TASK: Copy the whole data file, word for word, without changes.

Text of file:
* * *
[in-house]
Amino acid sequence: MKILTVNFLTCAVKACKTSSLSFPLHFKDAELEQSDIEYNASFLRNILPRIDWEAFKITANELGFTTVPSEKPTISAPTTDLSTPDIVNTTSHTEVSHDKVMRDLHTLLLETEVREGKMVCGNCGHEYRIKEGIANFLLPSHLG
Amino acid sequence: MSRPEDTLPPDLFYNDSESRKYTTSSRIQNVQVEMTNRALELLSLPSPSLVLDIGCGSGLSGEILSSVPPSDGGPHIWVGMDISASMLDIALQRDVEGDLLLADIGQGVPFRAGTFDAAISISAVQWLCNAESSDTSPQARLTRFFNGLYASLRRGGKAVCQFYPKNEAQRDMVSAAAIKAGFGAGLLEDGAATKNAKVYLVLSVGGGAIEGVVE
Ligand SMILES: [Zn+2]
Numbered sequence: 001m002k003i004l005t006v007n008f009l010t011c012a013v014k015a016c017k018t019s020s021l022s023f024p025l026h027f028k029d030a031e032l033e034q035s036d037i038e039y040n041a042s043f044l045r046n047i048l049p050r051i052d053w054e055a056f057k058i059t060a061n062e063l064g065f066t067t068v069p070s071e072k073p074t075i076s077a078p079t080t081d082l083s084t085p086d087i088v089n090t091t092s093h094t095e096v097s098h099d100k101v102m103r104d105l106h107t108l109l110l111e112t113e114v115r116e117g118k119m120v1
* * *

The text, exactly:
[in-house]
Amino acid sequence: MKILTVNFLTCAVKACKTSSLSFPLHFKDAELEQSDIEYNASFLRNILPRIDWEAFKITANELGFTTVPSEKPTISAPTTDLSTPDIVNTTSHTEVSHDKVMRDLHTLLLETEVREGKMVCGNCGHEYRIKEGIANFLLPSHLG
Amino acid sequence: MSRPEDTLPPDLFYNDSESRKYTTSSRIQNVQVEMTNRALELLSLPSPSLVLDIGCGSGLSGEILSSVPPSDGGPHIWVGMDISASMLDIALQRDVEGDLLLADIGQGVPFRAGTFDAAISISAVQWLCNAESSDTSPQARLTRFFNGLYASLRRGGKAVCQFYPKNEAQRDMVSAAAIKAGFGAGLLEDGAATKNAKVYLVLSVGGGAIEGVVE
Ligand SMILES: [Zn+2]
Numbered sequence: 001m002k003i004l005t006v007n008f009l010t011c012a013v014k015a016c017k018t019s020s021l022s023f024p025l026h027f028k029d030a031e032l033e034q035s036d037i038e039y040n041a042s043f044l045r046n047i048l049p050r051i052d053w054e055a056f057k058i059t060a061n062e063l064g065f066t067t068v069p070s071e072k073p074t075i076s077a078p079t080t081d082l083s084t085p086d087i088v089n090t091t092s093h094t095e096v097s098h099d100k101v102m103r104d105l106h107t108l109l110l111e112t113e114v115r116e117g118k119m120v1